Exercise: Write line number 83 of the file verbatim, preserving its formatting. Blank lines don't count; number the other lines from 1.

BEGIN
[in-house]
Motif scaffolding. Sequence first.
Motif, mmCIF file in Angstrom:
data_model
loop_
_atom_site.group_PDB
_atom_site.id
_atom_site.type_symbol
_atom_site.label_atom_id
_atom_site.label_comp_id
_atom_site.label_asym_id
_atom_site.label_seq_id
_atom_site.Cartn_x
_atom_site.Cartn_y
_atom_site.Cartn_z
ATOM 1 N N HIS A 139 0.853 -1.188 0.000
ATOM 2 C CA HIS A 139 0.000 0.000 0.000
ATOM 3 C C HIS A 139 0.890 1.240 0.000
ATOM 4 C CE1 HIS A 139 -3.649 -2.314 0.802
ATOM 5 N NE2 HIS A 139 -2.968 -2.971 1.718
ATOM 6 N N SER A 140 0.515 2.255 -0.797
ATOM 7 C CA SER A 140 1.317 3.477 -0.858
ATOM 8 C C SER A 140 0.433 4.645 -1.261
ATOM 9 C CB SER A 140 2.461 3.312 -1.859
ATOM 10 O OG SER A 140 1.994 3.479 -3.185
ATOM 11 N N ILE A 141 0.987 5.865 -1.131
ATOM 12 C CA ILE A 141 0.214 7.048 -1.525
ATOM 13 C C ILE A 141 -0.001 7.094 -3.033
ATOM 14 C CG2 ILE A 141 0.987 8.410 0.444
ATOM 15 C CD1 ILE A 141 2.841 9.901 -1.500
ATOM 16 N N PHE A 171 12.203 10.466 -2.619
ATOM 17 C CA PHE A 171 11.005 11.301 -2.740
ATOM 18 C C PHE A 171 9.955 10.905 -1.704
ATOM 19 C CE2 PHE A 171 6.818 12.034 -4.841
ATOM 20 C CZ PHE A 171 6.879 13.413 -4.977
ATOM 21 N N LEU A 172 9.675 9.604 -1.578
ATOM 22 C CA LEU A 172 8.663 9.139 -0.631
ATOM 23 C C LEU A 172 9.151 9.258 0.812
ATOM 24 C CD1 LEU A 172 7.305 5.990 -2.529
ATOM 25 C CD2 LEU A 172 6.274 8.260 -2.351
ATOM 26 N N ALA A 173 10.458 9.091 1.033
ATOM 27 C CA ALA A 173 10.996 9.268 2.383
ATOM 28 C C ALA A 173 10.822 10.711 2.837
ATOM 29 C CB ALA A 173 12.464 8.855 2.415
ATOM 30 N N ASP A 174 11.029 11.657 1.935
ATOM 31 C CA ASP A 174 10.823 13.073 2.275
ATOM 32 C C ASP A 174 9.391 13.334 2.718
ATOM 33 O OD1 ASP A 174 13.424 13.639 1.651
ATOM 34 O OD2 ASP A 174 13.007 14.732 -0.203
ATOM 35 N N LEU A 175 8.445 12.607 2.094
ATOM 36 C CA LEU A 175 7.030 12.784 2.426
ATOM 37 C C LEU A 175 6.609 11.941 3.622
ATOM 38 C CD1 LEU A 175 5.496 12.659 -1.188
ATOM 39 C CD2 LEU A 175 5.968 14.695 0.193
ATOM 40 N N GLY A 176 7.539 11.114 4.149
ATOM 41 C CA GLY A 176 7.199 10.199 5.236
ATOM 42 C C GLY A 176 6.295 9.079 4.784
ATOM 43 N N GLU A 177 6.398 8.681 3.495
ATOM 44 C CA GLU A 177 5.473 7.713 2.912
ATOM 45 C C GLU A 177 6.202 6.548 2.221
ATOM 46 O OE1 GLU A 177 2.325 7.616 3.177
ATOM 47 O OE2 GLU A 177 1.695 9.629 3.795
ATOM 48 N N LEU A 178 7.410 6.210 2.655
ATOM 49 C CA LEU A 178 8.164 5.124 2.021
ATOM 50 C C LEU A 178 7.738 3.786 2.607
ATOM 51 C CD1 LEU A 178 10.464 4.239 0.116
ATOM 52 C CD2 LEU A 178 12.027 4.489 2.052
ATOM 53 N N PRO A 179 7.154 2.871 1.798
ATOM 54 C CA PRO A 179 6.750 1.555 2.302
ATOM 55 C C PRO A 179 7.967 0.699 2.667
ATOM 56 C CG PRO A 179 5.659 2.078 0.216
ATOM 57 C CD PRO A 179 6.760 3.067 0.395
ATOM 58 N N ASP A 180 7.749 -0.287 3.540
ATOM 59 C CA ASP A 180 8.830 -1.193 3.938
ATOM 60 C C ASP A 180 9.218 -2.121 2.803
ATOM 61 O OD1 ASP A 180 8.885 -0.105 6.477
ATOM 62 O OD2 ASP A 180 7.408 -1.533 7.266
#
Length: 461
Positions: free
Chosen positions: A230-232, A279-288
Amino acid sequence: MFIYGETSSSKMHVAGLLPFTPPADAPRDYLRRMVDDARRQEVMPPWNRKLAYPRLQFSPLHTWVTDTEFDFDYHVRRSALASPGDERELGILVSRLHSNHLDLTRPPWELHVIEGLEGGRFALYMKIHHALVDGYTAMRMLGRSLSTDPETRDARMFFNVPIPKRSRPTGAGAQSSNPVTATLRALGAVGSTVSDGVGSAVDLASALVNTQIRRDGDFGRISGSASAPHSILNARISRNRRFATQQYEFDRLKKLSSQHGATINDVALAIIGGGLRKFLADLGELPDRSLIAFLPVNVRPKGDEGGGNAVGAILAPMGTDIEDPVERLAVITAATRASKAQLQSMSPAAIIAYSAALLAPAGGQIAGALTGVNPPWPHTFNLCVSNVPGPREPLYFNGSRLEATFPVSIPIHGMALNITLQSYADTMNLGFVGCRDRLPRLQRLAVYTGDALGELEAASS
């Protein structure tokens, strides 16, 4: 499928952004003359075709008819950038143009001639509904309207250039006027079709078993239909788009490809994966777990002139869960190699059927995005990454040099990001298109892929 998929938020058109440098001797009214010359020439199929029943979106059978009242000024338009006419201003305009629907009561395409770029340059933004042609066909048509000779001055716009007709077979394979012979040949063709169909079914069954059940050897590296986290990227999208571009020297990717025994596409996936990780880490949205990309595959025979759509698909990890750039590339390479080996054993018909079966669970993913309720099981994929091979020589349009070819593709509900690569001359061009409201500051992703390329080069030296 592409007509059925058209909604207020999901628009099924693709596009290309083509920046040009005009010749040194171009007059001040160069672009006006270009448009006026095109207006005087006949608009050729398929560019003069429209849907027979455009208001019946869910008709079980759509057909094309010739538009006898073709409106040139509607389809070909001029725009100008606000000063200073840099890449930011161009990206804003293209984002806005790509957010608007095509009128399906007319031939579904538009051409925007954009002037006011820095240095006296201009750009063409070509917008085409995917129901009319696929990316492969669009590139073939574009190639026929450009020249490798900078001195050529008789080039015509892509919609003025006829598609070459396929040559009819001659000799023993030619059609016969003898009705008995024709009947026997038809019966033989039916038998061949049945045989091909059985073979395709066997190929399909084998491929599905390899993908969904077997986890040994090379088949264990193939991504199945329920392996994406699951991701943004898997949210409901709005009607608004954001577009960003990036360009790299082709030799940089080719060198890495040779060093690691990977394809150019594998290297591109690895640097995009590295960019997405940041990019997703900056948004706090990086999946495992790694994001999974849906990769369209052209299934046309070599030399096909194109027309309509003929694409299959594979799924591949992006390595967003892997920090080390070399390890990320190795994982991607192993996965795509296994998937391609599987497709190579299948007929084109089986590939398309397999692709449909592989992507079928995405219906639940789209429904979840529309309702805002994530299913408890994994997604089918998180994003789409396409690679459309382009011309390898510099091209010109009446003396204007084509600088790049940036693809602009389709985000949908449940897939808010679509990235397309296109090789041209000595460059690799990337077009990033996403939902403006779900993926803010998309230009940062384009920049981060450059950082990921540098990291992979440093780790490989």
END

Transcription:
């Protein structure tokens, strides 16, 4: 499928952004003359075709008819950038143009001639509904309207250039006027079709078993239909788009490809994966777990002139869960190699059927995005990454040099990001298109892929 998929938020058109440098001797009214010359020439199929029943979106059978009242000024338009006419201003305009629907009561395409770029340059933004042609066909048509000779001055716009007709077979394979012979040949063709169909079914069954059940050897590296986290990227999208571009020297990717025994596409996936990780880490949205990309595959025979759509698909990890750039590339390479080996054993018909079966669970993913309720099981994929091979020589349009070819593709509900690569001359061009409201500051992703390329080069030296 592409007509059925058209909604207020999901628009099924693709596009290309083509920046040009005009010749040194171009007059001040160069672009006006270009448009006026095109207006005087006949608009050729398929560019003069429209849907027979455009208001019946869910008709079980759509057909094309010739538009006898073709409106040139509607389809070909001029725009100008606000000063200073840099890449930011161009990206804003293209984002806005790509957010608007095509009128399906007319031939579904538009051409925007954009002037006011820095240095006296201009750009063409070509917008085409995917129901009319696929990316492969669009590139073939574009190639026929450009020249490798900078001195050529008789080039015509892509919609003025006829598609070459396929040559009819001659000799023993030619059609016969003898009705008995024709009947026997038809019966033989039916038998061949049945045989091909059985073979395709066997190929399909084998491929599905390899993908969904077997986890040994090379088949264990193939991504199945329920392996994406699951991701943004898997949210409901709005009607608004954001577009960003990036360009790299082709030799940089080719060198890495040779060093690691990977394809150019594998290297591109690895640097995009590295960019997405940041990019997703900056948004706090990086999946495992790694994001999974849906990769369209052209299934046309070599030399096909194109027309309509003929694409299959594979799924591949992006390595967003892997920090080390070399390890990320190795994982991607192993996965795509296994998937391609599987497709190579299948007929084109089986590939398309397999692709449909592989992507079928995405219906639940789209429904979840529309309702805002994530299913408890994994997604089918998180994003789409396409690679459309382009011309390898510099091209010109009446003396204007084509600088790049940036693809602009389709985000949908449940897939808010679509990235397309296109090789041209000595460059690799990337077009990033996403939902403006779900993926803010998309230009940062384009920049981060450059950082990921540098990291992979440093780790490989």